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Seizing the future

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Frequently asked questions

Q. Why can’t things stay as they are?
A. The Trust’s priority is to ensure the highest and safest standards of hospital care for the local population now and in the future. No change is not an option because it would result in unacceptable and deteriorating standards of care and treatment. This view is supported not only by the Trust’s own clinicians, but also independently by one of the country’s leading doctors - Professor Sir George Alberti, National Director for Emergency Access.

Q. Is this about saving money rather than improving standards and services for patients?
A. No. It is true that all NHS organisations have to provide best value for taxpayers’ money. However, the priority is to provide safe and effective treatment for patients now and in the future by meeting national standards and guidelines for care and treatment.

Q. Will travelling further for emergency care put patients at risk?
A. No. There is no evidence that patients are put at increased risk owing to longer journey times. In fact, the evidence shows that results for patients are better in bigger A&E departments. Locally, the ambulance service has been taking patients from the Dales directly to Darlington Memorial for several years, and arrangements for transferring complex maternity patients from Bishop Auckland to Darlington also operate successfully.

Q. If patients need more specialist care, why doesn’t the Trust just recruit specialist doctors to all of its hospitals?
A. Specialists need to work in teams so that the full range of services is available to patients in an emergency. They also need to cover a large enough population to make sure they see enough patients to keep up their skills. This is called ‘critical mass’. None of the Trust’s hospitals is big enough to provide this ‘critical mass’ on its own.

Q. Why choose Bishop Auckland as the planned care site?
A. Bishop Auckland is being proposed as the site for planned services because it is reasonably central and therefore well placed for patients from the wider area. Developing Bishop Auckland as one of the acute sites would require extensive building works, therefore delaying implementation beyond an acceptable timescale for sustaining services. More patients would be likely to go to other hospitals outside the area if acute services were not provided in either Darlington or Durham.

Q. Is this the beginning of the end for Bishop Auckland?
A. No. The aim of Seizing the Future is to secure the future of all sites and to maximise the use of all of the facilities. In addition, a range of local and Trust-wide services is proposed for the site. These proposals would secure a strong future for services at Bishop Auckland.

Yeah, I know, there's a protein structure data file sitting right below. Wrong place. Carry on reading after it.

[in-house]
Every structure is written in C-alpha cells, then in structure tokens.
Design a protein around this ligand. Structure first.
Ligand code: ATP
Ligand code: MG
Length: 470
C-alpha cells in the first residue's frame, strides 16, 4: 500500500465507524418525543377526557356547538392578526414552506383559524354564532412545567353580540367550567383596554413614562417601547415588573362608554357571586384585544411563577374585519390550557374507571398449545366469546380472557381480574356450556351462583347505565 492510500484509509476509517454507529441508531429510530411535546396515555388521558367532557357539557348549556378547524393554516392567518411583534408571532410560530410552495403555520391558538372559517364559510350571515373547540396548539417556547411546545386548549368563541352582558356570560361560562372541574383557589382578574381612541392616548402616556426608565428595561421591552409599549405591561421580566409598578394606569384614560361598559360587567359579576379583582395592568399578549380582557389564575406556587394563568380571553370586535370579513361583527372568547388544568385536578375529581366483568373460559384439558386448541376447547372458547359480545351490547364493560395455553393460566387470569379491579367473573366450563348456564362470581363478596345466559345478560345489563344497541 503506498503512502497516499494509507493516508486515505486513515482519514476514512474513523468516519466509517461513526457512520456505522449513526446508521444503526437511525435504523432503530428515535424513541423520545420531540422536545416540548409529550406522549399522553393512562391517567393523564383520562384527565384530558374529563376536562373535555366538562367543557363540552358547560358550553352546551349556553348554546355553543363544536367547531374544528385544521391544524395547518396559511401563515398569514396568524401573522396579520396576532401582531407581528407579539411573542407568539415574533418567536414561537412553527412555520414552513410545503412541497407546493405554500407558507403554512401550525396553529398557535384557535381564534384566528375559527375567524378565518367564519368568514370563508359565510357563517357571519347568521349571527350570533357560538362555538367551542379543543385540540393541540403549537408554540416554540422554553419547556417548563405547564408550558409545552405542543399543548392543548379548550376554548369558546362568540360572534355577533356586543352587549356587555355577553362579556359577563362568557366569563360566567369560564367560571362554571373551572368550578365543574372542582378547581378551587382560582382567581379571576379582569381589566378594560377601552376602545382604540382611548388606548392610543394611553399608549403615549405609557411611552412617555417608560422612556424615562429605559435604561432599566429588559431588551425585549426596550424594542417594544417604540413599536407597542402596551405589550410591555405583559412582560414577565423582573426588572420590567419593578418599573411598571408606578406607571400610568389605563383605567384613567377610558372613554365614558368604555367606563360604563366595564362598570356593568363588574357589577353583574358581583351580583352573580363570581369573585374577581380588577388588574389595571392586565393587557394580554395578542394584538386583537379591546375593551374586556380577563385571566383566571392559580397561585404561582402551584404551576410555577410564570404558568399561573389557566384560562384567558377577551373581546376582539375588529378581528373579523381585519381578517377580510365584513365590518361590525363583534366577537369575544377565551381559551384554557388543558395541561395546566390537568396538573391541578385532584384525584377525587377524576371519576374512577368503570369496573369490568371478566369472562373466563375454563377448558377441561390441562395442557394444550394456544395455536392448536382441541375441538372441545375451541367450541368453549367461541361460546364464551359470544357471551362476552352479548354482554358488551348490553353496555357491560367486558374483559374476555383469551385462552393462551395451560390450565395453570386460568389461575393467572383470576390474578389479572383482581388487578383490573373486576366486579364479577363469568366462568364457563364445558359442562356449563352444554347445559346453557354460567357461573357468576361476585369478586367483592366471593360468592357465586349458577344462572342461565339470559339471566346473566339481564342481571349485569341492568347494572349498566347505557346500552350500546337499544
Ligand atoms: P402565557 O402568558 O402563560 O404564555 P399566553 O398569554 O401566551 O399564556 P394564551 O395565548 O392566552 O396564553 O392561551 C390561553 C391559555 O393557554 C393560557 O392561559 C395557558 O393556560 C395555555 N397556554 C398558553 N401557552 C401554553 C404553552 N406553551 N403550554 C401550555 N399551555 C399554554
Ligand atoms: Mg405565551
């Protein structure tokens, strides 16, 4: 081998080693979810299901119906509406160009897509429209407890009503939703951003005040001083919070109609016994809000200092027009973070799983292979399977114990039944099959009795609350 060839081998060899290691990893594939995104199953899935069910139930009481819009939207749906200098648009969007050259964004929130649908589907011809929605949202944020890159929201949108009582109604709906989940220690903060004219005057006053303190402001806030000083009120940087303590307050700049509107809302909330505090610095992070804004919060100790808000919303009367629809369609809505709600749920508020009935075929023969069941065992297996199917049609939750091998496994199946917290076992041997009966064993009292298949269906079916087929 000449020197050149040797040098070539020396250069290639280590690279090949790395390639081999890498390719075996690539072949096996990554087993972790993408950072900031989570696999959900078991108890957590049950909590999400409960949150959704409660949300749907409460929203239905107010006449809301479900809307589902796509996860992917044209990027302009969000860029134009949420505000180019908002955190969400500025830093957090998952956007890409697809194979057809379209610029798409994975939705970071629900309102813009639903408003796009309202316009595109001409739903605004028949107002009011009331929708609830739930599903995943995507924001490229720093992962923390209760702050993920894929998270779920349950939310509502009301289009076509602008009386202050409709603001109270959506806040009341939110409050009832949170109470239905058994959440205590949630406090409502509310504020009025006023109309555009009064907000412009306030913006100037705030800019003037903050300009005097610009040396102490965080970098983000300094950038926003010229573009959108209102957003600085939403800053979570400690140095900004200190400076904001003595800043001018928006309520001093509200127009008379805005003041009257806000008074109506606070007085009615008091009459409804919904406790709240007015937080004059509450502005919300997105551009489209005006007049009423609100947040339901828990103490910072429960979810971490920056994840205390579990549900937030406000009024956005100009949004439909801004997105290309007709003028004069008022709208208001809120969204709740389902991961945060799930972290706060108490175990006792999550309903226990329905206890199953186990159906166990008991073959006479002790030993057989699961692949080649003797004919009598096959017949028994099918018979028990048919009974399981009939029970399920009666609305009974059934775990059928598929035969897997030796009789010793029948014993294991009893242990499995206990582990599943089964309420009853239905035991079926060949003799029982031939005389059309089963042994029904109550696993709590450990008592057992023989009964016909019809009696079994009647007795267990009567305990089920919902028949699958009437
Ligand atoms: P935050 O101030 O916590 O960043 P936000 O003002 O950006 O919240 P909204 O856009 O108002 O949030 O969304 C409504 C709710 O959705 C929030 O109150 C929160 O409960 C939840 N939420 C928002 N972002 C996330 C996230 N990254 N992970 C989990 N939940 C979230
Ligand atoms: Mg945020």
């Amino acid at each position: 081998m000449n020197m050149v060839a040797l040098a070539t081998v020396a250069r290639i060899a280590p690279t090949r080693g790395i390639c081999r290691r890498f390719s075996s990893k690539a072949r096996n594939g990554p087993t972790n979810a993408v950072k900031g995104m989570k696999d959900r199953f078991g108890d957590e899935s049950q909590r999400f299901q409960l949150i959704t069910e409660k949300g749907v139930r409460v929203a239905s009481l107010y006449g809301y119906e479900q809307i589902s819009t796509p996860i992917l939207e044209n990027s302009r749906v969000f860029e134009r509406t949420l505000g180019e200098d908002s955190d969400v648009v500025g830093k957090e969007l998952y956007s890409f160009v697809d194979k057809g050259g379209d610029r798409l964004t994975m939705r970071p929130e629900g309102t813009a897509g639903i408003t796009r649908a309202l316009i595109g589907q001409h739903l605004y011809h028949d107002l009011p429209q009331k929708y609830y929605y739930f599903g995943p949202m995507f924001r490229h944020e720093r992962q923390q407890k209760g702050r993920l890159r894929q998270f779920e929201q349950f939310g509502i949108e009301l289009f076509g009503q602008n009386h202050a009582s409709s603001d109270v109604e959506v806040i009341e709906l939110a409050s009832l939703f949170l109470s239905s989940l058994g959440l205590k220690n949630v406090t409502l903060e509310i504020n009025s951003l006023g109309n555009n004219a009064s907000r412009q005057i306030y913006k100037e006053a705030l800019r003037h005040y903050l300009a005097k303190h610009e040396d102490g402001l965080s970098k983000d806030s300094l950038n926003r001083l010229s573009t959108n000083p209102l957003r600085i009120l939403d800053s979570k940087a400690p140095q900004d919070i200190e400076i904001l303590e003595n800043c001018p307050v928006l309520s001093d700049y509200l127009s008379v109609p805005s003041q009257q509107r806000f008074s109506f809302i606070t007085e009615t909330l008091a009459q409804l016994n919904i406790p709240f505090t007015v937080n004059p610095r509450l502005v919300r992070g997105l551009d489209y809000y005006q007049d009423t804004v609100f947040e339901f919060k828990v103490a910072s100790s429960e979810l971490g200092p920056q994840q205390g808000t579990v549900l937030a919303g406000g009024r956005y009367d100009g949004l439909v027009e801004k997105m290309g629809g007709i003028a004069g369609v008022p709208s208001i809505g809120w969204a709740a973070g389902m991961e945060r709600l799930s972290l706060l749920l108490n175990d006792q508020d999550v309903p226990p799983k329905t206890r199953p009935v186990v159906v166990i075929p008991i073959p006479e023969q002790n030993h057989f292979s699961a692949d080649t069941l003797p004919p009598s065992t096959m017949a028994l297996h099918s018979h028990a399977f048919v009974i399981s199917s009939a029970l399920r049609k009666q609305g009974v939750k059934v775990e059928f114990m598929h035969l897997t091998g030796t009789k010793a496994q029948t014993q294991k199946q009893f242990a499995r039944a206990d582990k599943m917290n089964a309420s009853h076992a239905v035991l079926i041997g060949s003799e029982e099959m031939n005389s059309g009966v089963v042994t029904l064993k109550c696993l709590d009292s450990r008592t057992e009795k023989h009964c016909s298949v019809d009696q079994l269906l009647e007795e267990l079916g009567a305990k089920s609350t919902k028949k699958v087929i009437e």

Q. Why not make these changes before spending £68m on a new hospital at Bishop Auckland?
A. Since the new Bishop Auckland General Hospital opened in 2002 there have been major developments in medical practice and changes in healthcare policy. These changes have affected hospitals across the country. Nevertheless, the role proposed for Bishop Auckland remains a vital one, for local hospital care and Trust-wide services.

Q. Will any jobs be lost?
A. The Trust would not make anyone redundant as a result of the changes. There would be new ways of working and perhaps changes to the locations at which some staff are based. The Trust would work closely with staff and the trade unions to ensure that the views and needs of staff continue to be taken into account at every step in the process.

Q. Is there enough capacity at Darlington Memorial and University Hospital for acute patients from Bishop Auckland?
A. There would be enough capacity – as long as the proposed move of planned services to Bishop Auckland goes ahead. Although it is sometimes necessary to transfer patients between sites because of temporary shortfalls in capacity, the Trust has always been able to manage patients across all of its sites.

Q. Have decisions already been made?
A. No decisions can or will be made until after consultation. Any major changes to health services require consultation with the people who use them. At this stage these are proposals which are under consideration.

Q. To what extent will my views REALLY influence the outcome of this process?
A. The options proposed in the consultation document are the result of months of engagement with clinicians and others with an interest in health services. Responses to the public consultation will be considered very carefully by the Boards of County Durham and Darlington NHS Foundation Trust and NHS County Durham when making their final decision on the options.

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